Pirltawardli Research Blog
John Adam Shurman, missionary in India
Apart from the set of articles included in the main section of this website, I have commenced developing it by collecting material about, and by, the German missionary John Adam Shurman ([JAS], Johann Adam Schürmann, 1809-1852). This at least warrants an answer to the question, Why?
There are a number of simple reasons:
One, JAS was the older brother of the "Dresden" missionary Clamor Wilhelm Schürmann [CWS] who followed him to mission training in Berlin and expected to be sent to China or India (where he always wanted to be, rather than in South Australia). While very few letters of their private correspondence have survived, we know that both of them had stayed in touch with each other. Most likely, JAS was a role model for CWS, both as a young man and later as a missionary in Australia. How much they heard from each other, we don't know at this point of time. Yet, searching contemporary mission periodicals and reports through Google Books, Archive.org and other such online-repositories, indicates that they would have been able to follow each others' movements.
The second reason is that I needed to begin, and trial, this website with a limited project. The JAS story, and that of his descendants, is not as voluminous as that of the Dresden missionaries in SA. Therefore it is easier to develop and test the website structure.
However, there is a third, more intrinsic reason for including John Adam Shurman into this website. As a Western Christian missionary, he experienced the typical life style of many Europeans in a major British colony: Highly educated, supported by a strong sending agency, the London Missionary Society (LMS), and in India being a member of the local colonial elite. In the same time he represented a tiny political (and church) minority trying to govern the "wide seas" of (literally) millions of "native" people of different religious traditions and social strata in Northern India.
Shurman had the means to travel, both in India and back to Europe and North America, to visit relatives and the LMS. He died early in the age of 41, possibly due to the physical stress of living in an environment and climate too harsh for Western Europeans.
CWS, on the other hand, and his three fellow missionaries sent out by the newly-established Dresden Missionary Society, found themselves in a totally different world. First, sociologically, almost immediately upon arrival, they struggled with their position as members of the social majority of the white, British and German, settler society which drove away, if not murdered, the First Australians, now called Aborigines. As in India, the missionaries' political role within the colonial system in Australia was to appease the indigenous communities, whose existence was feared to potentially threatening the development of the colonial project South Australia. However, the British colonial administrations in Australia soon realised that the local Aboriginal peoples did not pose any significant danger to the colony, its settler communities and their advancement -- and after a few years lost interest in supporting the missionaries and their attempt to secure the survival of the indigenous peoples.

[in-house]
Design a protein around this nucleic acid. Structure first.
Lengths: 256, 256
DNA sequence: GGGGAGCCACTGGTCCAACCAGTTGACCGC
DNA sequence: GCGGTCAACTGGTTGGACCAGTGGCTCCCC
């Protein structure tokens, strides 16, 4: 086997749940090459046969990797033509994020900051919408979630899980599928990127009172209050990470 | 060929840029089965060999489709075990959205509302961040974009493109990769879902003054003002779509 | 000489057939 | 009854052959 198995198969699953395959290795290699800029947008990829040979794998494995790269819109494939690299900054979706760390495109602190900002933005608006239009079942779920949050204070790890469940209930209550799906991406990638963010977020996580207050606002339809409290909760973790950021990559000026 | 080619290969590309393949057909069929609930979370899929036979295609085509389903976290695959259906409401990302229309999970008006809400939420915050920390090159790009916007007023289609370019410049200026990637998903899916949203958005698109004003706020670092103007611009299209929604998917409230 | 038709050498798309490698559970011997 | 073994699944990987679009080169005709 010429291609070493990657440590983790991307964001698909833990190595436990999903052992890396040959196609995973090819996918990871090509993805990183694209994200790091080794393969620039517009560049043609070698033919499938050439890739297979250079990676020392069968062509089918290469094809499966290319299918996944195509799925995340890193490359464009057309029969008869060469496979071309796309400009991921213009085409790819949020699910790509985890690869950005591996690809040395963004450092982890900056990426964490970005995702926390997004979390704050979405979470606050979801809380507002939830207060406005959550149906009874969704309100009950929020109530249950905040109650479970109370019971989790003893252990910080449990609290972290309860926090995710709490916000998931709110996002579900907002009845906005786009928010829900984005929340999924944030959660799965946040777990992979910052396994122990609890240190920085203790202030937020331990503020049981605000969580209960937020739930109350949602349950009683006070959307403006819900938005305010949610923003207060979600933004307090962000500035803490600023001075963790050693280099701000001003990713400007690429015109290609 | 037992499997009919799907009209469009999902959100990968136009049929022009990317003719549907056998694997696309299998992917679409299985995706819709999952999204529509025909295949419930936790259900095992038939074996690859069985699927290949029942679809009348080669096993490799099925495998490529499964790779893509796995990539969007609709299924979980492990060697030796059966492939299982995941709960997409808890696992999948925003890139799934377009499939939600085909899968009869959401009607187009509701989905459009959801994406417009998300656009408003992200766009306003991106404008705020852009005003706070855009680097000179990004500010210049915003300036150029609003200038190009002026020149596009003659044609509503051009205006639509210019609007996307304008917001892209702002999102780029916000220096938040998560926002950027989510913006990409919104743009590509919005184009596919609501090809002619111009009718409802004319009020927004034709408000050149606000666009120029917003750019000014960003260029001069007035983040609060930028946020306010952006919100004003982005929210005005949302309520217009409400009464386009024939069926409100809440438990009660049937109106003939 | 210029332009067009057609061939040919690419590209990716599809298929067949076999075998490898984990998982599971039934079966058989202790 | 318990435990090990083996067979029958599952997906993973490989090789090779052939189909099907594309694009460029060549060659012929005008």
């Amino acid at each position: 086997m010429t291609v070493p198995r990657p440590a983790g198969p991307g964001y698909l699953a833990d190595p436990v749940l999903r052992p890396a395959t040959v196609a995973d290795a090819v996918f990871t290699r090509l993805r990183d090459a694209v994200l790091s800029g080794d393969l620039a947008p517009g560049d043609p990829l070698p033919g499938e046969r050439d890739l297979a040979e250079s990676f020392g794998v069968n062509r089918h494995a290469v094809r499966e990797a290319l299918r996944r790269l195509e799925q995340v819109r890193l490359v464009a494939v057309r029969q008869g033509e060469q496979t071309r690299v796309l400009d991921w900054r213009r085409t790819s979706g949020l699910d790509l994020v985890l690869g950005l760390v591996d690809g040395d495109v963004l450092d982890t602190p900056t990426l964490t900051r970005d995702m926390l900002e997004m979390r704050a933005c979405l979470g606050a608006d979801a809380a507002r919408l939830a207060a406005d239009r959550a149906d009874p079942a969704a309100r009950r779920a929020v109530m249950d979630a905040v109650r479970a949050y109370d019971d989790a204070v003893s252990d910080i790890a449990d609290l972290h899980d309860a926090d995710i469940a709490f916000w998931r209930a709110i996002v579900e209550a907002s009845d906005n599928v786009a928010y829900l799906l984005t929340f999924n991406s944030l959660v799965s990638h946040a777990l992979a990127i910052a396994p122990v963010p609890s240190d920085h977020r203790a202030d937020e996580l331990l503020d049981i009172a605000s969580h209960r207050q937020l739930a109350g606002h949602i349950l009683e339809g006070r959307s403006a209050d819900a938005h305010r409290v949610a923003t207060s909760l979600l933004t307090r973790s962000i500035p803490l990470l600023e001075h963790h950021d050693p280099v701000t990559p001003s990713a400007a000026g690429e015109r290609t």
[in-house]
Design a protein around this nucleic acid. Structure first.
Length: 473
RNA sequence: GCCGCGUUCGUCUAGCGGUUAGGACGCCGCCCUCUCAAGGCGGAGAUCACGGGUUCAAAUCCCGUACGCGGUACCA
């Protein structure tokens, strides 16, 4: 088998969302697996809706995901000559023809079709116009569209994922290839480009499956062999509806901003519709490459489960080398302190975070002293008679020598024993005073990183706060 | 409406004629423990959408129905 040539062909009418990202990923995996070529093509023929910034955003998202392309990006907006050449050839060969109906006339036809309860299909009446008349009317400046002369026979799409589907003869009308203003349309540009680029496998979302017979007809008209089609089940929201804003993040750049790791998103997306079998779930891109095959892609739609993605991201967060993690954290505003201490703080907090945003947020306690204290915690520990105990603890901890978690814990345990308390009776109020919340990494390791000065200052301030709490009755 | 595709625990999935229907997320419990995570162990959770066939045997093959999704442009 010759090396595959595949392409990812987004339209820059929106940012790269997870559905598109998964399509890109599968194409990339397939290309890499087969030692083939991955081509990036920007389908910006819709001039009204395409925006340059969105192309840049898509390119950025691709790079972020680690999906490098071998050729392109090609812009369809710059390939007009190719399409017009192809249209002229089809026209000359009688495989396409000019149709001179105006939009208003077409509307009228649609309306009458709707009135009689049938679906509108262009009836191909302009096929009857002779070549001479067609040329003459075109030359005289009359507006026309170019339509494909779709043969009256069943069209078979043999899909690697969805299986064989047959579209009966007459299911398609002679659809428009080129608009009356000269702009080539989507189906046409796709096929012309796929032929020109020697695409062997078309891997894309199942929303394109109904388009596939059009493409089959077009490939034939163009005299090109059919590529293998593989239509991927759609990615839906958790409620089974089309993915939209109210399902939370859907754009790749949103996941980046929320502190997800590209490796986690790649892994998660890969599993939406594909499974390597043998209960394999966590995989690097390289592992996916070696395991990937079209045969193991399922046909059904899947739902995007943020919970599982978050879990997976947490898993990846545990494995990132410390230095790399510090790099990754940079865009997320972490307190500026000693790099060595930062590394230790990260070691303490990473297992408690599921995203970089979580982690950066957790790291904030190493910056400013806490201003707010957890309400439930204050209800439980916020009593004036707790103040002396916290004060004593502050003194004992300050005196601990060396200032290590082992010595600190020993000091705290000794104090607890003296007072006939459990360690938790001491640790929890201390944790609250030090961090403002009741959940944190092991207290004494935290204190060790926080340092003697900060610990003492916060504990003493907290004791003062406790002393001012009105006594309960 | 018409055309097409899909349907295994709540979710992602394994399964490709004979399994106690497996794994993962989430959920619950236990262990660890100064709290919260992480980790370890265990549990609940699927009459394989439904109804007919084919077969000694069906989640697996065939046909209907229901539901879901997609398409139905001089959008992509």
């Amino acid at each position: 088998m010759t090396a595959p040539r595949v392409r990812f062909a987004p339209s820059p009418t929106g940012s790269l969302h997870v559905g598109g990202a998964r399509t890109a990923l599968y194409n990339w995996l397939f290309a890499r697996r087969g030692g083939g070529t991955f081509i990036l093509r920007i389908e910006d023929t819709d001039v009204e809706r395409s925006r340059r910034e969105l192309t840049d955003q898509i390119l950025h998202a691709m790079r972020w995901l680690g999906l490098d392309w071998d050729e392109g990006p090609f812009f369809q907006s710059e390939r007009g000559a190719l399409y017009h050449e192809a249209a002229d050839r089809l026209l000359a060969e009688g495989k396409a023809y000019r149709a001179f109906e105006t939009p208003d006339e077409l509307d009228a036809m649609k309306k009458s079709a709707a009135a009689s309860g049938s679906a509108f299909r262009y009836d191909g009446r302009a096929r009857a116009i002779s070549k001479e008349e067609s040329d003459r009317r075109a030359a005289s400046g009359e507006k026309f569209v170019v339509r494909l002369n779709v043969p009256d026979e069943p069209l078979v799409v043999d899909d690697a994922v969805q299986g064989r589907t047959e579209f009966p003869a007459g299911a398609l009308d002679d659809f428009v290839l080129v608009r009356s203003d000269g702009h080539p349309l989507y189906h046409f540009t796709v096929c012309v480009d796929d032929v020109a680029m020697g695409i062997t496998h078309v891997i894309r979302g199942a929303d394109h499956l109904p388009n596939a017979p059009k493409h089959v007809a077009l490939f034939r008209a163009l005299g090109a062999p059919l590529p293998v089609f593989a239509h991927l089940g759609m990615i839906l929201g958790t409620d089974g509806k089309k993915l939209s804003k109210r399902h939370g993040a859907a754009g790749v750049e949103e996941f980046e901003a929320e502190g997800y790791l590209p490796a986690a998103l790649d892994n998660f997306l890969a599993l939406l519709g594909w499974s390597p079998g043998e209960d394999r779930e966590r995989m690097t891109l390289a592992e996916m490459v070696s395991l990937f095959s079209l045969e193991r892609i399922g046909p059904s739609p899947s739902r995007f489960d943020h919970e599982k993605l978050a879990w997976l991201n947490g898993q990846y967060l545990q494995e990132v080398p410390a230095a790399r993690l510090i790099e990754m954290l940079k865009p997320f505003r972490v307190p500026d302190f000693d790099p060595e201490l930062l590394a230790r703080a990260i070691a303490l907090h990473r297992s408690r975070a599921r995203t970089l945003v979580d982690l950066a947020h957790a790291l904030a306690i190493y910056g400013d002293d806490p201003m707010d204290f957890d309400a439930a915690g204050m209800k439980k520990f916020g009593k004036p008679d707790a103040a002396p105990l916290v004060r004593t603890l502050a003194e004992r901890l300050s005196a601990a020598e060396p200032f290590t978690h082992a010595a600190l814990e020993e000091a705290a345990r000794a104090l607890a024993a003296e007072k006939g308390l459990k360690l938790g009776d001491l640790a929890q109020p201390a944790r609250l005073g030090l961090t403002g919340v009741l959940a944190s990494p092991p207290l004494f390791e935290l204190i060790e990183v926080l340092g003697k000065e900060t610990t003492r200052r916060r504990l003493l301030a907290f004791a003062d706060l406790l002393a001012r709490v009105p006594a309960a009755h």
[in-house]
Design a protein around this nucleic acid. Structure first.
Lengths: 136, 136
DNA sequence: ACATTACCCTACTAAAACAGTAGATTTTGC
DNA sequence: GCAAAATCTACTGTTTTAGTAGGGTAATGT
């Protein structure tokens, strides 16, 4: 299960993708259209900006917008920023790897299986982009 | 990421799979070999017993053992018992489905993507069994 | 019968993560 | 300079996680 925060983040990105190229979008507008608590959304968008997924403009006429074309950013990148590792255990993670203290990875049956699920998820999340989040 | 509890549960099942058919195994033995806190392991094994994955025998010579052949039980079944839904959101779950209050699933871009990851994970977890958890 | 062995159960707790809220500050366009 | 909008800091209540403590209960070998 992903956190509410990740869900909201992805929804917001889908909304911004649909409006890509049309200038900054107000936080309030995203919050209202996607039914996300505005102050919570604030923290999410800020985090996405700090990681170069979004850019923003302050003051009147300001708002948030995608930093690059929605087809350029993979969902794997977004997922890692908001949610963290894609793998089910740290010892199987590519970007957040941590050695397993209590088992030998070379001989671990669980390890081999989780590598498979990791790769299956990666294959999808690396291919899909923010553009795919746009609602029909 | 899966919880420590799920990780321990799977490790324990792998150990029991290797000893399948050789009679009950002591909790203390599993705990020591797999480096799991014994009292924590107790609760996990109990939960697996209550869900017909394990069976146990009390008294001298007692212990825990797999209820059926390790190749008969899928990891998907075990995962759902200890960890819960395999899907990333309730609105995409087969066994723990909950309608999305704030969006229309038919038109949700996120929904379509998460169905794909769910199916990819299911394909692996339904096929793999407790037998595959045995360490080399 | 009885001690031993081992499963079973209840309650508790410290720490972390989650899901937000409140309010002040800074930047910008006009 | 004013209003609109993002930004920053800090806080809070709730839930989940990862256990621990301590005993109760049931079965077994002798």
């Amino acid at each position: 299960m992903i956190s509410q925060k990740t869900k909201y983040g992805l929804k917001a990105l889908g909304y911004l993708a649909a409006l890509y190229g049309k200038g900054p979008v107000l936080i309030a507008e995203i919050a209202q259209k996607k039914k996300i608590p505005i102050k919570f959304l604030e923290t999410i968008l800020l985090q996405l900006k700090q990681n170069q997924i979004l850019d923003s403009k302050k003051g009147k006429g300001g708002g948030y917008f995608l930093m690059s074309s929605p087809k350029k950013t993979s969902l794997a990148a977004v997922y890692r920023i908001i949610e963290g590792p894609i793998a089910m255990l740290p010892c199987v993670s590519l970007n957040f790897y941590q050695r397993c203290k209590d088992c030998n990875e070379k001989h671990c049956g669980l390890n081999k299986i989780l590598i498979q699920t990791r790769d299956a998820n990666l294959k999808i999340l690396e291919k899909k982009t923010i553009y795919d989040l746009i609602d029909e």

Last, but not least, the Dresden Missionary Society rescinded its (anyway only half hearted) commitment in South Australia in favour of -- South India. For the contemporary Christian mission community in Europe, India certainly carried much more fascination both in culture and religion, and the challenges due to its sheer size and numbers. In the wake of Charles Darwin's idea of the survival of the fittest, and thus, conveniently, the Aboriginal peoples as the lowest of the low races on the earth, any commitment here in Australia did not really promise much reward (both financially and in politics).
In short, unlike John Adam Shurman in Benares, Northern India, the four Dresden missionaries never had a chance in sociological terms. Local church and international mission histories have not acknowledged these facts. Even the four young Germans themselves were pleading with the Dresden Mission board to send them to India or China.
However, many of the LMS (and other) missionaries in India and the Lutheran Dresden missionaries in South Australia had something in common: Many became renowned missionary-linguists, JAS with his significant involvement in the translation of the Bible into the Urdu language, using the "Roman" (i.e. Latin) alphabet and thus being one of the trail blazers in the public use of this language. CWS and his colleagues established what linguists call today a "School of Aboriginal Language recording" and were amongst the first in Australia to record indigenous languages systematically.
(Created: 10.02.2015. Last updated: 27.09.2016.)
Direct URL: <www.grweb.org/cpo-pirltawardli/en/detail.php?rubric=meta_blog&nr=1208>. Viewed 18.08.2019.